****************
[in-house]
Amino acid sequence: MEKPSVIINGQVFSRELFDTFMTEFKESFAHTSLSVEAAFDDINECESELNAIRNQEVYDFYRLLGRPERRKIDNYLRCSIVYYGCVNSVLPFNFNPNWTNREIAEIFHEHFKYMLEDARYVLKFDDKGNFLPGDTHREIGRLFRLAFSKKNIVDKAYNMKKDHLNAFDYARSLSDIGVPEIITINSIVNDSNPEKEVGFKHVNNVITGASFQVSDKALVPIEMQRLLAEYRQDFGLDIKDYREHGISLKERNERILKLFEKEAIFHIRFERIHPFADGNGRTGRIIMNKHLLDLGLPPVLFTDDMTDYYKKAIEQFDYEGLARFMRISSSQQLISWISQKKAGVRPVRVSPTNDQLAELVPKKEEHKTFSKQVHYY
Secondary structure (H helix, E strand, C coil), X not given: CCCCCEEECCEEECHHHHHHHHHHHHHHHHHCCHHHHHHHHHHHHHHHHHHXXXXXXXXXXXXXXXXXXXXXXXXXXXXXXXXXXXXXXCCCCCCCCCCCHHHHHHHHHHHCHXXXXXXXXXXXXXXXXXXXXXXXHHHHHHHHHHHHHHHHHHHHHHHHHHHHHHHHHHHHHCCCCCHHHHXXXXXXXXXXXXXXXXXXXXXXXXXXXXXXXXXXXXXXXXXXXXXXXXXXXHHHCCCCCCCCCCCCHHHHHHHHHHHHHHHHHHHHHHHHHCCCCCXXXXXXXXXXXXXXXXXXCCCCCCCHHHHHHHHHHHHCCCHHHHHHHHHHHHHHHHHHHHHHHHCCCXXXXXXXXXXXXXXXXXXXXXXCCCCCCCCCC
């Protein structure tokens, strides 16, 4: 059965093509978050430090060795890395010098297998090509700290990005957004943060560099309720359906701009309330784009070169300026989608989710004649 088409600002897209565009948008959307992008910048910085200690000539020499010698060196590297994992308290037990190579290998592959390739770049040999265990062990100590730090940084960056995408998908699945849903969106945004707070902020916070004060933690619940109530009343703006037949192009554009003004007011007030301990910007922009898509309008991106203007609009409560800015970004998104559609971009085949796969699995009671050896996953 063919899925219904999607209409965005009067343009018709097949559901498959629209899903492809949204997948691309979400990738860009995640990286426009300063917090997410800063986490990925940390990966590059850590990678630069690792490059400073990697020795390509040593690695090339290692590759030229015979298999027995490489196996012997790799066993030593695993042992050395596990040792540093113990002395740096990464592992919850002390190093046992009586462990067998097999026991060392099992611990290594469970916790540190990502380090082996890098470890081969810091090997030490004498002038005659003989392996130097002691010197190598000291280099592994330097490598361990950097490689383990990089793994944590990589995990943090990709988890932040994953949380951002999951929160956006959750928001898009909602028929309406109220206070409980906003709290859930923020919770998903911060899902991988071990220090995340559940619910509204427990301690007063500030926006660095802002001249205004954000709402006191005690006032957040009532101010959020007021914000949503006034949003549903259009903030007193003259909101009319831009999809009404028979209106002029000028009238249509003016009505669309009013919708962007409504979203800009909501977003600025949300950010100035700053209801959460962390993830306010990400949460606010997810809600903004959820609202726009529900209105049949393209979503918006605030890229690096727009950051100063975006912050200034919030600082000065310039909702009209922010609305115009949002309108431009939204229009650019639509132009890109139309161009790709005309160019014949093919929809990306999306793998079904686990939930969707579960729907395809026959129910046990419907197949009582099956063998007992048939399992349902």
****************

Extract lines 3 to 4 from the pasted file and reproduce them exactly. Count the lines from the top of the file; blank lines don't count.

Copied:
Secondary structure (H helix, E strand, C coil), X not given: CCCCCEEECCEEECHHHHHHHHHHHHHHHHHCCHHHHHHHHHHHHHHHHHHXXXXXXXXXXXXXXXXXXXXXXXXXXXXXXXXXXXXXXCCCCCCCCCCCHHHHHHHHHHHCHXXXXXXXXXXXXXXXXXXXXXXXHHHHHHHHHHHHHHHHHHHHHHHHHHHHHHHHHHHHHCCCCCHHHHXXXXXXXXXXXXXXXXXXXXXXXXXXXXXXXXXXXXXXXXXXXXXXXXXXXHHHCCCCCCCCCCCCHHHHHHHHHHHHHHHHHHHHHHHHHCCCCCXXXXXXXXXXXXXXXXXXCCCCCCCHHHHHHHHHHHHCCCHHHHHHHHHHHHHHHHHHHHHHHHCCCXXXXXXXXXXXXXXXXXXXXXXCCCCCCCCCC
């Protein structure tokens, strides 16, 4: 059965093509978050430090060795890395010098297998090509700290990005957004943060560099309720359906701009309330784009070169300026989608989710004649 088409600002897209565009948008959307992008910048910085200690000539020499010698060196590297994992308290037990190579290998592959390739770049040999265990062990100590730090940084960056995408998908699945849903969106945004707070902020916070004060933690619940109530009343703006037949192009554009003004007011007030301990910007922009898509309008991106203007609009409560800015970004998104559609971009085949796969699995009671050896996953 063919899925219904999607209409965005009067343009018709097949559901498959629209899903492809949204997948691309979400990738860009995640990286426009300063917090997410800063986490990925940390990966590059850590990678630069690792490059400073990697020795390509040593690695090339290692590759030229015979298999027995490489196996012997790799066993030593695993042992050395596990040792540093113990002395740096990464592992919850002390190093046992009586462990067998097999026991060392099992611990290594469970916790540190990502380090082996890098470890081969810091090997030490004498002038005659003989392996130097002691010197190598000291280099592994330097490598361990950097490689383990990089793994944590990589995990943090990709988890932040994953949380951002999951929160956006959750928001898009909602028929309406109220206070409980906003709290859930923020919770998903911060899902991988071990220090995340559940619910509204427990301690007063500030926006660095802002001249205004954000709402006191005690006032957040009532101010959020007021914000949503006034949003549903259009903030007193003259909101009319831009999809009404028979209106002029000028009238249509003016009505669309009013919708962007409504979203800009909501977003600025949300950010100035700053209801959460962390993830306010990400949460606010997810809600903004959820609202726009529900209105049949393209979503918006605030890229690096727009950051100063975006912050200034919030600082000065310039909702009209922010609305115009949002309108431009939204229009650019639509132009890109139309161009790709005309160019014949093919929809990306999306793998079904686990939930969707579960729907395809026959129910046990419907197949009582099956063998007992048939399992349902």